Takashi's Noodles


Cookbooks on Trial: Back with a Vengeance! I know that I haven't been posting every day lately but I've just been swamped--swamped and reeeeally tired. I think I might go back to posting M/W/F so I can focus more on each post. I might post more often than that but telling myself I only need to post on M/W/F makes me feel less stressed. Anyway, I actually got my crap together this week and cooked a new recipe!

I don't think I necessarily picked the best recipe out of Takashi's Noodles to try, though. My basic thought process was something along the lines of "It's so hot today, cold soba noodles would be really good for dinner. But wait!--I have to do something for Cookbooks on Trial today..." So I made the cold soba recipe from Takashi's Noodles.

The recipe was more labor intensive than the way I normally make cold soba (i.e. using store-bought concentrated dipping sauce). The homemade dipping sauce tasted a little off but I'm not even sure if I used the right type of kelp for the stock so all bets were off. Overall, it was pretty tasty though.

Left to right: what I hoped was kombu and bonito flakes.

Cold Soba from Takashi's Noodles

Broth
14 oz. dried soba noodles

Garnishes
Directions
To prepare the borth, ready an ice bath and set aside. Combine the dashi, soy sauce, and mirin in a stockpot over high heat. Bring to a boil, then decrease the heat to a simmer and add the katsuobushi. Simmer for 2 minutes, then turn of the heat and let sit for 3 minutes. Strain througha fine-mesh sieve into a bowl and place the bowl in the ice bath to cool

Once the broth has cooled, place a pot of water over high heat and bring to a boil. Add the soba noodles, stirring to prevent them from sticking together. Cook for 4 or 5 minutes, or until the noodles are al dente. Drain into a colander and rinse under cold running water. Wash the noodles with your hands until the water runs clear and the noodles are cold to the touch.

To prepare the garnishes, set up garnish plates by arranging the nori, yuzu peel, scallions an d wasabi in small bunches on each of 4 small plates. Pour the broth into 4 teacups or small dipping bowls. Divide the noodles among 4 large plates. Each person will have a garnish plate, dipping bowl, and cold soba plate.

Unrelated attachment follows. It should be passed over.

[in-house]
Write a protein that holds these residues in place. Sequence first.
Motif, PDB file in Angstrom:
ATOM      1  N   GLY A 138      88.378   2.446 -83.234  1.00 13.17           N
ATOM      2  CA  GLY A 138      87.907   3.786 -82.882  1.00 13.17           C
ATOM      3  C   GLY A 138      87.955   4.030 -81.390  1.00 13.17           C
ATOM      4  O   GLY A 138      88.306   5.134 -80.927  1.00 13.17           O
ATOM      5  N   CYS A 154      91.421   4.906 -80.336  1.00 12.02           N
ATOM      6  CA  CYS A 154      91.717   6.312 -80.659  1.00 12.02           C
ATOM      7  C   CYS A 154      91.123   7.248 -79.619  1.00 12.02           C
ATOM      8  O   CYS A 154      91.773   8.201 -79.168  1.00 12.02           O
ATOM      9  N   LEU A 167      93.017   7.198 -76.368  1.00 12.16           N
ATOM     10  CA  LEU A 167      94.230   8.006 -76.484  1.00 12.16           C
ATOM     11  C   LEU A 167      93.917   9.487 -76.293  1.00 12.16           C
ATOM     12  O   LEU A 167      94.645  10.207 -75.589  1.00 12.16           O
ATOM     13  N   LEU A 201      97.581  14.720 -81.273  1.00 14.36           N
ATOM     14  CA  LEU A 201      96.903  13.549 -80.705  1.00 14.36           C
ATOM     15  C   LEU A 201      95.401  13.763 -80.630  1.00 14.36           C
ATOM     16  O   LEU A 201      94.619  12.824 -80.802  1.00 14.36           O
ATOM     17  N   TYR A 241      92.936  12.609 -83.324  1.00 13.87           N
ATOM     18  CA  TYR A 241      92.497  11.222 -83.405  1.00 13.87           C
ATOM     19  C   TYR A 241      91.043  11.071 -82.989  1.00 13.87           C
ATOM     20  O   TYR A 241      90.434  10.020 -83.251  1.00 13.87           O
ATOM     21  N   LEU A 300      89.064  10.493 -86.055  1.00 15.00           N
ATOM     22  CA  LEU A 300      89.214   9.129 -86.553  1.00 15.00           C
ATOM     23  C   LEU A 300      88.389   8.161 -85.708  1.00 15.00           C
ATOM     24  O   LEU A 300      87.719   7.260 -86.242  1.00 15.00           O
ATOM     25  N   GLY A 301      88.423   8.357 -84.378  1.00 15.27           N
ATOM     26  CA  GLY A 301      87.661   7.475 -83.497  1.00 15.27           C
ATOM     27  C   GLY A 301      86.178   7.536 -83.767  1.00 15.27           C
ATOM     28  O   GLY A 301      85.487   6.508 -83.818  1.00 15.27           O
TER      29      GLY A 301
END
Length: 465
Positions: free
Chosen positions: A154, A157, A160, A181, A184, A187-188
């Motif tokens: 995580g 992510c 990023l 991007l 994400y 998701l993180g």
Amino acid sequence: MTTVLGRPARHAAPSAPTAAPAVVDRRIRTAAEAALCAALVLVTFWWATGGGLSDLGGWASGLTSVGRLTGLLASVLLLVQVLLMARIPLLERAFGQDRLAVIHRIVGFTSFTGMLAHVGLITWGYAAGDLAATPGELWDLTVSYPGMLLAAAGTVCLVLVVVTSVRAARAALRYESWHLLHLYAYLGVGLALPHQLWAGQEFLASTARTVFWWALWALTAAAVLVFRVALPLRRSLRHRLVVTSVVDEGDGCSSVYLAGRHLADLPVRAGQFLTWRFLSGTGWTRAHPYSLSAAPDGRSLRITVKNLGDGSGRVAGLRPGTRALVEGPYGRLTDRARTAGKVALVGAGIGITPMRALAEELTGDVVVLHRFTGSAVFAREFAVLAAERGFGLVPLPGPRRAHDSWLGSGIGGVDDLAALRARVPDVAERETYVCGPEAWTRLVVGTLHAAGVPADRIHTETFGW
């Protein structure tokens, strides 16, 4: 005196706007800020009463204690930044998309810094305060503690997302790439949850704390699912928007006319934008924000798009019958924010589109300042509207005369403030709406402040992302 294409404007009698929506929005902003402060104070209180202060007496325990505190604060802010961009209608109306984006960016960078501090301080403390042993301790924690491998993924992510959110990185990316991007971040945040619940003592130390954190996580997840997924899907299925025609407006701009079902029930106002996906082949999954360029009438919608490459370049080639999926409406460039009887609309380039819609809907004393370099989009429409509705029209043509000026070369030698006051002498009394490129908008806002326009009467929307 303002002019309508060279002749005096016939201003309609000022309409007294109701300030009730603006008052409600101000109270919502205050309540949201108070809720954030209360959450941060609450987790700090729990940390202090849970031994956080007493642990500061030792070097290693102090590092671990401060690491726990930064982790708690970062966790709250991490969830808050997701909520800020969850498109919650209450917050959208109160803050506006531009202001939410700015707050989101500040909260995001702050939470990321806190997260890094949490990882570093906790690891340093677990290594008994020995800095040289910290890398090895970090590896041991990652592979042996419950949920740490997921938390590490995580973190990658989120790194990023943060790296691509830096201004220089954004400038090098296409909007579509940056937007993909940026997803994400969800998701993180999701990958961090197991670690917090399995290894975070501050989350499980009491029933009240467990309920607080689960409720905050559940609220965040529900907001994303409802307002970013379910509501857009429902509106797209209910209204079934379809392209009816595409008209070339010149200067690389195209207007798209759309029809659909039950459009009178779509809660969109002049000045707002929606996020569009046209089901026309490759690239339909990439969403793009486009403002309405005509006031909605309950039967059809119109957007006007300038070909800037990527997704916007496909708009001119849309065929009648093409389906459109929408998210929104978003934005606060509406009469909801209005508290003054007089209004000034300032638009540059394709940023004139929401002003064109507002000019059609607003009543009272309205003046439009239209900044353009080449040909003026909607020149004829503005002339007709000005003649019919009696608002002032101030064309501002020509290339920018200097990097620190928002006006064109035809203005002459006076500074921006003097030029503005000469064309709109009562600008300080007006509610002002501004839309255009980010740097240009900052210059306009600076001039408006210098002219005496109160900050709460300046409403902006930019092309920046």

To eat, top the noodles with the shredding nori and add the yuzu peel, scallions, and wasabi to taste to the broth. Grab some noddles with chopsticks and dip them into the broth to coat the noddles then quickly slurp them down.

Dashi (Makes 2 quarts)
Place kombu and water in a large stockpot and let it soak at room temperature for at least 20 minutes. Bring to a boil over high heat. Remove the kombu and decrease the heat so the liquid is simmering. Add the katsuobushi and gently mix into the liquid--don't stir vigorously. Simmer for 10 minutes longer, then strain through a fine mesh sieve.

Garnishes, dipping sauce, and soba noodles.

The Verdict
4 (out of 5 stars). If you are serious about learning how to make and cook Japanese noodles this is a wonderful book written by a master of the field. Takashi Yagihashi is a highly respected Japanese chef and the book is blurbed by fellow luminaries like Eric Ripert, Daniel Boulud, and Susur Lee. For the most part the recipes are pretty straightforward but they do demand commitment to such things as making your own dashi and other stocks. Some details are omitted (as in a recipe calling for 4 oz of beef but not specifying the cut) which might cause confusion for beginners like me. Nutritional info is also omitted.

It's a gorgeous book with lush photographs and is fun to look through and read. It covers all sorts of Japanese noodles: ramen, soba, udon, somen, plus some fusion dishes. It is for the serious noodle fan. To me it's more of an aspirational book rather than something that will help you put dinner on the table on a weeknight.

But sometimes it's nice just to flip through a cookbook and dream.

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